While the connection between substance use and heat may at first seem questionable, it’s actually well-documented. There is extensive scientific evidence of the impact weather can have on our health and wellbeing. After all, there’s a reason words like “gloomy” or “stormy” could just as easily describe a mood or a weather forecast.
For people in addiction recovery, heat exposure can have serious consequences. As excessive and even record-breaking temperatures become a regular summer occurrence, addressing the effects of heat are increasingly crucial. Understanding the impacts heat can have and knowing how to protect oneself from it can substantially reduce the risk of relapse and other setbacks.
The Connection Between Hot Weather and Health
There is a range of mental and physical consequences heat can have on the body. Understanding these effects can be key to maintaining stability. These are some of the ways heat interferes with recovery:
- Dehydration – It’s no secret that hot temperatures lead to dehydration. What’s not as widely known is the fact that hydration levels also profoundly impact mood. Because water is key to proper brain function, dehydration has been strongly linked to disruptive emotions like sadness, anger, and anxiety. Staying properly hydrated is crucial to mentally and physically enduring heat.
- Inactivity – When temperatures rise, people spend more time indoors. While avoiding the heat is a necessary measure, it’s still important to remain active and get healthy exercise. For some, this may mean taking a jog at night when temperatures drop, for others it could consist of attending a virtual yoga class from home. Because exercise is key not only to physical wellbeing but also mental wellbeing, staying active is essential.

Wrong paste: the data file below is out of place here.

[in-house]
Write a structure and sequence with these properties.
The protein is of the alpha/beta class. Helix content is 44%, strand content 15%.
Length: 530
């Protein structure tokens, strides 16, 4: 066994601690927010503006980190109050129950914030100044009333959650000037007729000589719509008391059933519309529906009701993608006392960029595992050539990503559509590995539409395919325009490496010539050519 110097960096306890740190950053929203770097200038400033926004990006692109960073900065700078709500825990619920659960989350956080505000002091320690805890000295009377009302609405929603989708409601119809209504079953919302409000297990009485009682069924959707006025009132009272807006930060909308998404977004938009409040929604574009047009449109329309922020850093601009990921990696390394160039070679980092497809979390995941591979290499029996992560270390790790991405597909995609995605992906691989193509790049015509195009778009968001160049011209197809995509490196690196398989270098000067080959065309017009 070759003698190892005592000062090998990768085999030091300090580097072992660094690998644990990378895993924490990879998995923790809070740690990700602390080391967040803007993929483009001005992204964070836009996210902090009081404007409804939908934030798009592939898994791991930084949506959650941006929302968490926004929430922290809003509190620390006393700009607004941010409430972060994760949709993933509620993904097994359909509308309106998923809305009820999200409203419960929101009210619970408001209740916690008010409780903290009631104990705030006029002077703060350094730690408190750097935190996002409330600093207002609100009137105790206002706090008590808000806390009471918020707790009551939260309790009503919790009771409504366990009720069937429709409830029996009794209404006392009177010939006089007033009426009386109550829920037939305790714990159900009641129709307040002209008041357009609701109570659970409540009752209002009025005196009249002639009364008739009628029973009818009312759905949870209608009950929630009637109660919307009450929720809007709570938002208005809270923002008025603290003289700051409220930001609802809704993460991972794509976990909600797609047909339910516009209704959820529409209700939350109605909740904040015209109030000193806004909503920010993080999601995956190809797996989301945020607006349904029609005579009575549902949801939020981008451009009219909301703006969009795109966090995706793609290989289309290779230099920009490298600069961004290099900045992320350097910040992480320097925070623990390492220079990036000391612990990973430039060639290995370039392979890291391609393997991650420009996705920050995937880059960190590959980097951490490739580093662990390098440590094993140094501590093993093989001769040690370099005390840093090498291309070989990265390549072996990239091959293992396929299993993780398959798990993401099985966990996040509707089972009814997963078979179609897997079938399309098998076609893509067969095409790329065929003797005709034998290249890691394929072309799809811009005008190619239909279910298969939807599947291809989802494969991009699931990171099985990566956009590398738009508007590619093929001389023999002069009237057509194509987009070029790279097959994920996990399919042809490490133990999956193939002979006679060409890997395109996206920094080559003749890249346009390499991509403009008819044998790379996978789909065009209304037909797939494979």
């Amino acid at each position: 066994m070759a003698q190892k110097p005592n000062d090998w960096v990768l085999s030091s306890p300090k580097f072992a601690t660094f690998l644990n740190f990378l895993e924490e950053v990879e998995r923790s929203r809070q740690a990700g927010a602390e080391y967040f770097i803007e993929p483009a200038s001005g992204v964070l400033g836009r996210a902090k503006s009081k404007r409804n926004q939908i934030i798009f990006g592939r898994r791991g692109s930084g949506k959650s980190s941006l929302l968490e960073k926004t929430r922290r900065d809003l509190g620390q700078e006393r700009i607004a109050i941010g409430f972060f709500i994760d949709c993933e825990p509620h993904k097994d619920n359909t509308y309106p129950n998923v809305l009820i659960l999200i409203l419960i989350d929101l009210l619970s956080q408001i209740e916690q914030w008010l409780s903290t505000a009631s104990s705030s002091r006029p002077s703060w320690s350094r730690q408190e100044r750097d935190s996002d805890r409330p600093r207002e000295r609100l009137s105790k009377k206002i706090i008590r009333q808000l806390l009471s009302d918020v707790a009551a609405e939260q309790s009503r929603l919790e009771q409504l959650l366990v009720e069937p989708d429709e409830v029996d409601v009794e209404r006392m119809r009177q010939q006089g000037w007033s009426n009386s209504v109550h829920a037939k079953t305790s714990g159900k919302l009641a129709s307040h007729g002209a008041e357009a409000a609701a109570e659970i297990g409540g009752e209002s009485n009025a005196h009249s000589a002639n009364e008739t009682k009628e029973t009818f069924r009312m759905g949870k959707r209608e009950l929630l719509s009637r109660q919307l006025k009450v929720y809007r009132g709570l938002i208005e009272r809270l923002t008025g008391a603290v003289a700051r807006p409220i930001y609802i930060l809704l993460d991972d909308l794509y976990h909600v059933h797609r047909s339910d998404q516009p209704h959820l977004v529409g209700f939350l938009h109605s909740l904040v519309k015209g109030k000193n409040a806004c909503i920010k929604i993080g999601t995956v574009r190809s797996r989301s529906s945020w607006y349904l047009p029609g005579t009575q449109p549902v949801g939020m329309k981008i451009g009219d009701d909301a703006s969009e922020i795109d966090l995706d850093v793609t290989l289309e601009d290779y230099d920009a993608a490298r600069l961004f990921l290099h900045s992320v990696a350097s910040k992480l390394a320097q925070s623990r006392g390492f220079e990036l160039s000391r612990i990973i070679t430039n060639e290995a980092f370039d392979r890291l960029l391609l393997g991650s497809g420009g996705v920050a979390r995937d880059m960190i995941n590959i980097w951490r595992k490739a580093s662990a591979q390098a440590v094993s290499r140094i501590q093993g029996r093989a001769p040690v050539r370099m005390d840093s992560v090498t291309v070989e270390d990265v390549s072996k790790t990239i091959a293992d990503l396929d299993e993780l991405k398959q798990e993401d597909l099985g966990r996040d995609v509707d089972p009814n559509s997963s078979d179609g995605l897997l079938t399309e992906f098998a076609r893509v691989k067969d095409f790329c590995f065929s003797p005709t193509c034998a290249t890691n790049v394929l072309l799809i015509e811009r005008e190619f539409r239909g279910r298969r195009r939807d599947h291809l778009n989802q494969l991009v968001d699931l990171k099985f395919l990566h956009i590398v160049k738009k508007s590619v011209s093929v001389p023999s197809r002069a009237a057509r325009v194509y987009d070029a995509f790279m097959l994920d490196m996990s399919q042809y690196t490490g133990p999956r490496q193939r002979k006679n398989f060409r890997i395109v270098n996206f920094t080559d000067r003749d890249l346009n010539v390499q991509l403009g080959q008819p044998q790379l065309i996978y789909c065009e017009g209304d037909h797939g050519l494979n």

- Isolation – Another unfortunate byproduct of spending more time indoors is the isolation it brings. If staying out of the heat also impedes someone’s ability to socialize, they may experience sadness, loneliness, and anhedonia among other things. For people in recovery, isolation can have even more devastating consequences. Keeping in touch with friends, loved ones, and especially recovery support—even if through virtual means—remains crucial during peak summer temperatures.
- Irritability – Sunburns, sweating, dehydration, lethargy, fatigue, headaches, and other uncomfortable side-effects of heat can all contribute to feelings of irritability. Because irritability can cause cravings for substances, it’s important to monitor one’s mood during exposure to excessive heat.
- Exacerbation of Existing Conditions – People with co-occurring mental health issues like bipolar disorder are at an increased risk of suffering manic or depressive episodes during excessive temperatures. This makes mental health a critical variable to monitor when heat waves hit. Maintaining a healthy sleep cycle and monitoring any changes to appetite are also important to preventing mental health disruptions.
Dealing with High Temperatures in Recovery
With oppressive heat being felt across the country, millions of people face added recovery challenges. Summer temperatures can be exhausting and irritating, especially for those who work outdoors. And for some—the unhoused population in particular—the heat can be deadly.
Staying healthy and happy despite record high temperatures can seem like a harrowing task. But by prioritizing physical health needs, like hydration, rest, and exercise, as well as recovery needs, like community and peace of mind, navigating hot summer temperatures is that much more manageable.
If you or a loved one are struggling with addiction or co-occurring disorders, call the New England Recovery Center today at 1-877-MyRehab.